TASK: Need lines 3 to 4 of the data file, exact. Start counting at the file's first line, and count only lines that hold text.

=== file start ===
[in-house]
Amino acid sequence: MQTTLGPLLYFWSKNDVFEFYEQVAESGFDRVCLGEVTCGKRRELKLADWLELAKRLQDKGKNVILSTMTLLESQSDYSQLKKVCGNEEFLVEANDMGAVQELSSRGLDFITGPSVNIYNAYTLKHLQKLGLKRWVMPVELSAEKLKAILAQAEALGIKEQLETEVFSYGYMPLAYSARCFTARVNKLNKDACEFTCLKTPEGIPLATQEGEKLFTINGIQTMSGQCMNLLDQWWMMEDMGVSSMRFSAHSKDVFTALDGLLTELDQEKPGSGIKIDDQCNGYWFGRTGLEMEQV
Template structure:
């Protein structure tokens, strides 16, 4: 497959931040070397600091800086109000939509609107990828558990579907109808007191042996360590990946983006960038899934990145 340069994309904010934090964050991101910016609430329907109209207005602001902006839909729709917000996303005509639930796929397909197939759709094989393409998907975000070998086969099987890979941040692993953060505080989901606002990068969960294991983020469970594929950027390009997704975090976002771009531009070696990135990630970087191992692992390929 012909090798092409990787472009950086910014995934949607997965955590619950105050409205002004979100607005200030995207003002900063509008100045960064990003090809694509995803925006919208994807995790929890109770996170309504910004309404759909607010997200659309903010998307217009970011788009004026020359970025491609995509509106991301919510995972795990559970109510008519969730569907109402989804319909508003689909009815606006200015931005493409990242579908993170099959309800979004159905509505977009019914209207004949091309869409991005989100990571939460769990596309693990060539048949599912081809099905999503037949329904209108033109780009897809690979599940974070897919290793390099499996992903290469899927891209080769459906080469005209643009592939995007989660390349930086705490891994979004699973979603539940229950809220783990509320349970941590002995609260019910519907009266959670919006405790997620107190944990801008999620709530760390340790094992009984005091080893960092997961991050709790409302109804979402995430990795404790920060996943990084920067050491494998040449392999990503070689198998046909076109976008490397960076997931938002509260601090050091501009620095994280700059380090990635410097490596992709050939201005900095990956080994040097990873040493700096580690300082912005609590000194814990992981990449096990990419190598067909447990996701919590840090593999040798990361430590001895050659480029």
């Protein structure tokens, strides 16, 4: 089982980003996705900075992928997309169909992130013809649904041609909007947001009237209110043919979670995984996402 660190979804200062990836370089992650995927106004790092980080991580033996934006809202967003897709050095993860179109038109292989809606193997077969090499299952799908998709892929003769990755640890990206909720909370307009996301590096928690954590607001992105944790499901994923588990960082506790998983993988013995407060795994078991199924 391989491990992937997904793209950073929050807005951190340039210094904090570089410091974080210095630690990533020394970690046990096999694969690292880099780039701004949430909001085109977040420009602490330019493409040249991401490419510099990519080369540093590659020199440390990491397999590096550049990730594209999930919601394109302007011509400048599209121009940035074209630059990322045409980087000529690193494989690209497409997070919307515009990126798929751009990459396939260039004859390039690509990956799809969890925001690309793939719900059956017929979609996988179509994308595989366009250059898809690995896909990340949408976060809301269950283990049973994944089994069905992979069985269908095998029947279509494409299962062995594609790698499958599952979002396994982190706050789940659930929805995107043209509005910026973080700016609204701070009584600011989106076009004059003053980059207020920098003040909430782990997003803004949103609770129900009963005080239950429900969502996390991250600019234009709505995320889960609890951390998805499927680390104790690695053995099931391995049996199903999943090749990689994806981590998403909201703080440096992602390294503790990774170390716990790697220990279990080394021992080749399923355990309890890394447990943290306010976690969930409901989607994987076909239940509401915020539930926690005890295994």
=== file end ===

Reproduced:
Template structure:
């Protein structure tokens, strides 16, 4: 497959931040070397600091800086109000939509609107990828558990579907109808007191042996360590990946983006960038899934990145 340069994309904010934090964050991101910016609430329907109209207005602001902006839909729709917000996303005509639930796929397909197939759709094989393409998907975000070998086969099987890979941040692993953060505080989901606002990068969960294991983020469970594929950027390009997704975090976002771009531009070696990135990630970087191992692992390929 012909090798092409990787472009950086910014995934949607997965955590619950105050409205002004979100607005200030995207003002900063509008100045960064990003090809694509995803925006919208994807995790929890109770996170309504910004309404759909607010997200659309903010998307217009970011788009004026020359970025491609995509509106991301919510995972795990559970109510008519969730569907109402989804319909508003689909009815606006200015931005493409990242579908993170099959309800979004159905509505977009019914209207004949091309869409991005989100990571939460769990596309693990060539048949599912081809099905999503037949329904209108033109780009897809690979599940974070897919290793390099499996992903290469899927891209080769459906080469005209643009592939995007989660390349930086705490891994979004699973979603539940229950809220783990509320349970941590002995609260019910519907009266959670919006405790997620107190944990801008999620709530760390340790094992009984005091080893960092997961991050709790409302109804979402995430990795404790920060996943990084920067050491494998040449392999990503070689198998046909076109976008490397960076997931938002509260601090050091501009620095994280700059380090990635410097490596992709050939201005900095990956080994040097990873040493700096580690300082912005609590000194814990992981990449096990990419190598067909447990996701919590840090593999040798990361430590001895050659480029």